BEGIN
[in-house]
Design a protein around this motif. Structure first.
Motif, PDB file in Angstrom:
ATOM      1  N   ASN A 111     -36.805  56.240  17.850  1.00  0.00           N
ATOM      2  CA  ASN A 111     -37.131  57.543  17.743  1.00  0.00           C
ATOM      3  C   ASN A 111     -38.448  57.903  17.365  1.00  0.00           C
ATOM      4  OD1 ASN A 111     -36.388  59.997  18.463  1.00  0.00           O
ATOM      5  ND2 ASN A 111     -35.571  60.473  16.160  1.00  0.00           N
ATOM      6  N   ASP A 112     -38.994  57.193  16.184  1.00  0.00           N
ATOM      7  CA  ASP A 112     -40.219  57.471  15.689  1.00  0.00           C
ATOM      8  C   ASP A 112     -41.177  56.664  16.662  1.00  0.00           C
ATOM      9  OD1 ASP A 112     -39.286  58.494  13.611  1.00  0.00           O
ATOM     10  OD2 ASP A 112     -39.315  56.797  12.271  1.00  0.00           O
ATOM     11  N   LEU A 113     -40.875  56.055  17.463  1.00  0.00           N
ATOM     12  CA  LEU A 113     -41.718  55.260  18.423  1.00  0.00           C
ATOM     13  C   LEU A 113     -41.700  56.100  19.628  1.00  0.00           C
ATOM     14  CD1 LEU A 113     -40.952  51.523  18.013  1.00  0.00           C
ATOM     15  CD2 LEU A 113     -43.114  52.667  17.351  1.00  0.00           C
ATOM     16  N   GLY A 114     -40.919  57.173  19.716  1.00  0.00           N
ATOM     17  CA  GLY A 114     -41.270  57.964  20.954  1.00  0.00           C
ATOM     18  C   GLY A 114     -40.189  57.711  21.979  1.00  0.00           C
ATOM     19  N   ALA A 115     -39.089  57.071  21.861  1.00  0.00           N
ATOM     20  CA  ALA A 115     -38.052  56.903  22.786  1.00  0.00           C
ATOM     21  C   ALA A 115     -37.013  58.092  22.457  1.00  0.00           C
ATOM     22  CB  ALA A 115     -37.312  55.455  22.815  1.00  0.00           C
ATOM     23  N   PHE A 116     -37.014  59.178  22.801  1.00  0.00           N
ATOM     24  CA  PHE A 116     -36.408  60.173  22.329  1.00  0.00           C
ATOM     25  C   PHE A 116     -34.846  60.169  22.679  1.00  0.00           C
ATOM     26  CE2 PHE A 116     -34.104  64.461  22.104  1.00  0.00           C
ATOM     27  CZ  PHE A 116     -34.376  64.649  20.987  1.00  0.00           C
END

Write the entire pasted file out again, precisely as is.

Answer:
[in-house]
Design a protein around this motif. Structure first.
Motif, PDB file in Angstrom:
ATOM      1  N   ASN A 111     -36.805  56.240  17.850  1.00  0.00           N
ATOM      2  CA  ASN A 111     -37.131  57.543  17.743  1.00  0.00           C
ATOM      3  C   ASN A 111     -38.448  57.903  17.365  1.00  0.00           C
ATOM      4  OD1 ASN A 111     -36.388  59.997  18.463  1.00  0.00           O
ATOM      5  ND2 ASN A 111     -35.571  60.473  16.160  1.00  0.00           N
ATOM      6  N   ASP A 112     -38.994  57.193  16.184  1.00  0.00           N
ATOM      7  CA  ASP A 112     -40.219  57.471  15.689  1.00  0.00           C
ATOM      8  C   ASP A 112     -41.177  56.664  16.662  1.00  0.00           C
ATOM      9  OD1 ASP A 112     -39.286  58.494  13.611  1.00  0.00           O
ATOM     10  OD2 ASP A 112     -39.315  56.797  12.271  1.00  0.00           O
ATOM     11  N   LEU A 113     -40.875  56.055  17.463  1.00  0.00           N
ATOM     12  CA  LEU A 113     -41.718  55.260  18.423  1.00  0.00           C
ATOM     13  C   LEU A 113     -41.700  56.100  19.628  1.00  0.00           C
ATOM     14  CD1 LEU A 113     -40.952  51.523  18.013  1.00  0.00           C
ATOM     15  CD2 LEU A 113     -43.114  52.667  17.351  1.00  0.00           C
ATOM     16  N   GLY A 114     -40.919  57.173  19.716  1.00  0.00           N
ATOM     17  CA  GLY A 114     -41.270  57.964  20.954  1.00  0.00           C
ATOM     18  C   GLY A 114     -40.189  57.711  21.979  1.00  0.00           C
ATOM     19  N   ALA A 115     -39.089  57.071  21.861  1.00  0.00           N
ATOM     20  CA  ALA A 115     -38.052  56.903  22.786  1.00  0.00           C
ATOM     21  C   ALA A 115     -37.013  58.092  22.457  1.00  0.00           C
ATOM     22  CB  ALA A 115     -37.312  55.455  22.815  1.00  0.00           C
ATOM     23  N   PHE A 116     -37.014  59.178  22.801  1.00  0.00           N
ATOM     24  CA  PHE A 116     -36.408  60.173  22.329  1.00  0.00           C
ATOM     25  C   PHE A 116     -34.846  60.169  22.679  1.00  0.00           C
ATOM     26  CE2 PHE A 116     -34.104  64.461  22.104  1.00  0.00           C
ATOM     27  CZ  PHE A 116     -34.376  64.649  20.987  1.00  0.00           C